What They're Saying About Our Report on Health Costs and Wage Stagnation

CAHC and Willis Towers Watson's report showing impact of rising health costs on take-home pay cited by Washington Post, Axios, others

WASHINGTON, DC (September 10, 2018): The Council for Affordable Health Coverage and Willis Towers Watson recently released Health Care USA: A Cancer on the American Dream. The report, co-authored by renowned health care consultant Sylvester Schieber and Steven A. Nyce, director, Willis Towers Watson's Research and Innovation Center, depicts how rising health costs have eroded Americans' paychecks, taking up an ever-increasing share of workers' total compensation and exacerbating income inequality.

The full report and an executive summary are available online. Here is what national media and key stakeholders had to say about the report's findings: 

Washington Post, "Where Did Our Raises Go? To Health Care" (Opinion Column by Robert Samuelson) - September 2, 2018
"Money once reserved for wage increases is now diverted to pay for employer-provided health insurance. A new study provides stunning estimates: For the bottom 60 percent of U.S. workers, wage gains have been completely wiped out by contributions for employer-provided health insurance ... We’d all like both cheaper health insurance and higher wages, but the way the health-care system is operating today, we might get neither. As insurance premiums get more expensive, inflation-adjusted ('real') wages will continue to stagnate or decline ... By accident, health care has become labor policy and economic policy. We may all be among the injured." 

Axios, "How Health Insurance Contributes to Income Inequality" - September 5, 2018 
"As workers' overall compensation has risen since 1980, health benefits have taken up a big piece of the pie for lower- and middle-income workers. Wealthier workers, meanwhile, have seen bigger gains in their paychecks, according to a report by the Council for Affordable Health Coverage ... Health care coverage is compensation that workers don't get in the form of wages. The employer insurance system tends to mask the cost of health insurance, but this report highlights how workers still pay for it indirectly — and how this contributes to the growing gap between the rich and the poor."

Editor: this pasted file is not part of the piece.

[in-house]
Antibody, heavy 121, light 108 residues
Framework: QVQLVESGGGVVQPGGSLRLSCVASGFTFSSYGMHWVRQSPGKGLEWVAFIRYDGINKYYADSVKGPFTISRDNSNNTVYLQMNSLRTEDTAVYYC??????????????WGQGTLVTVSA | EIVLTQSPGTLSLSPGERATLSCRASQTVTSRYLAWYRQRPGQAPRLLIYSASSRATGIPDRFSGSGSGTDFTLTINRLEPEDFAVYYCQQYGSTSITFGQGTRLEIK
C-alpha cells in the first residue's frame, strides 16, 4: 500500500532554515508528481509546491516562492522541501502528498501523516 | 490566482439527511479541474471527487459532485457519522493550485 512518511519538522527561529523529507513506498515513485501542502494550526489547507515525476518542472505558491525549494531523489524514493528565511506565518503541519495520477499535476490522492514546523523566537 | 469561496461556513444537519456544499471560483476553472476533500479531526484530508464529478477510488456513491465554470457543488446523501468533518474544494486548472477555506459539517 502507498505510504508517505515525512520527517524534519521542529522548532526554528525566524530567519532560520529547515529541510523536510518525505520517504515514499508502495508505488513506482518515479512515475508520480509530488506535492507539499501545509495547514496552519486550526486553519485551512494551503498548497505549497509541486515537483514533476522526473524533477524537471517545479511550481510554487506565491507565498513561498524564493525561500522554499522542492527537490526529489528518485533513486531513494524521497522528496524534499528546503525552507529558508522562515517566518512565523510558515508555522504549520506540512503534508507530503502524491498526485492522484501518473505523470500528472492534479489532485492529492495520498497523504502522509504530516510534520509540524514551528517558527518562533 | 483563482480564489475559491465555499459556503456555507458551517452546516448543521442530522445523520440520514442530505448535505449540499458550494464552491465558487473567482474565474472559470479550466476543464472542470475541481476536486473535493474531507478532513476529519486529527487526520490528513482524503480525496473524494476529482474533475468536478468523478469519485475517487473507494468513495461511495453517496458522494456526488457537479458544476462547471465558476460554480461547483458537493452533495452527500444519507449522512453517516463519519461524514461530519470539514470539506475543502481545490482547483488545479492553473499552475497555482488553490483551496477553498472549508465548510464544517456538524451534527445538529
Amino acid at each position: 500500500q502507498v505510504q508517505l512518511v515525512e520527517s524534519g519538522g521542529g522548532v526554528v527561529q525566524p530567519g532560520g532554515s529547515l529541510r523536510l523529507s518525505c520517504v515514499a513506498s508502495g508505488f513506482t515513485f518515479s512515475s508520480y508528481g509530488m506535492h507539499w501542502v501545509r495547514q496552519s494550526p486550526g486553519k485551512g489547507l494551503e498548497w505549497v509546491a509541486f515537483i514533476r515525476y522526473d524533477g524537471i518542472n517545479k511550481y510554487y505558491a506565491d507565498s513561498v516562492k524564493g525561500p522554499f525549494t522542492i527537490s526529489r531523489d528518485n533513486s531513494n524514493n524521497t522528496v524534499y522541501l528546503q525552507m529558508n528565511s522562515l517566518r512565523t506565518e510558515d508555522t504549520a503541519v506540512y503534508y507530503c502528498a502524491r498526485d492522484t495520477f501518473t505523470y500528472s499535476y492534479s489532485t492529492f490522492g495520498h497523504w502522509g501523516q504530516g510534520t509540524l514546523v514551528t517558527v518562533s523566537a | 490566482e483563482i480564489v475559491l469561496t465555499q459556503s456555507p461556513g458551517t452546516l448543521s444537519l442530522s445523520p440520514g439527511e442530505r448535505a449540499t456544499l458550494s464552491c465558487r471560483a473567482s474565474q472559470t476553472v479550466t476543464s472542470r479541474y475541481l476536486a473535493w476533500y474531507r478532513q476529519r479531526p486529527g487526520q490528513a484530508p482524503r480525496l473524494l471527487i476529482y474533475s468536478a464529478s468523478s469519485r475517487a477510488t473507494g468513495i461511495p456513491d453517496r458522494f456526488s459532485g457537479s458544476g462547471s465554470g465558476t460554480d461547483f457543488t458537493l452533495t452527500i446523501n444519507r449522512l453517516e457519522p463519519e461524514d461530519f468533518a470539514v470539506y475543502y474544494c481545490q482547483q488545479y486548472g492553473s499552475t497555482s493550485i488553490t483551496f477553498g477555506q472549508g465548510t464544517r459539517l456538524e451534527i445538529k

Washington Examiner, Healthcare costs cut into wage growth for workers, report says -September 4, 2018
"Rising healthcare costs are taking a hit to take-home pay for U.S. workers, a new analysis released Tuesday found ...The average U.S. health expenditure was $10,348 per person in 2016. It also found that in 2001 employers allocated 41.9 percent of benefits to healthcare and 58 percent to retirement benefits. But by 2015, the split was in the other direction as 63.5 percent was for health benefits and 36 percent for retirement, the report found."

The Epoch Times, Rising Health Care Costs Create Barrier to American Dream, Experts Say - September 5, 2018 
"Because of the regressive effects of higher health premiums on wages, the lower-earners suffered more financial pain than higher earners. The study shows that for the bottom 60 percent of U.S. workers, higher health premiums have completely wiped out pay increases. The report also lays out the dynamics driving health cost increases, which include 'the growing consolidation of health care services, the regulatory approval process and patent protections for drugs, and inefficient or even harmful practice patterns in the delivery of health services.' There has been significant consolidation of hospitals and other health service providers in recent years. According to the study, consolidation between competitors substantially increased prices without improving quality or efficiency. "

Dr. Atul Gawande, Founder of Ariadne Labs, surgeon at Brigham and Women’s Hospital, & Professor at Harvard T.H. Chan School of Public Health and Harvard Medical School (via Twitter)
"The whole report ... is worth reading."

###

About the Council for Affordable Health Coverage
The Council for Affordable Health Coverage (CAHC) is a broad-based alliance with a primary focus: bringing down the cost of health care for all Americans. CAHC promotes policies that lower health costs through increased competition, informed consumers and more choices. Learn more at CAHC.net

About Willis Towers Watson
Willis Towers Watson (NASDAQ: WLTW) is a leading global advisory, broking and solutions company that helps clients around the world turn risk into a path for growth. With roots dating to 1828, Willis Towers Watson has more than 40,000 employees serving more than 140 countries. We design and deliver solutions that manage risk, optimize benefits, cultivate talent, and expand the power of capital to protect and strengthen institutions and individuals. Our unique perspective allows us to see the critical intersections between talent, assets and ideas — the dynamic formula that drives business performance. Together, we unlock potential. Learn more at www.willistowerswatson.com.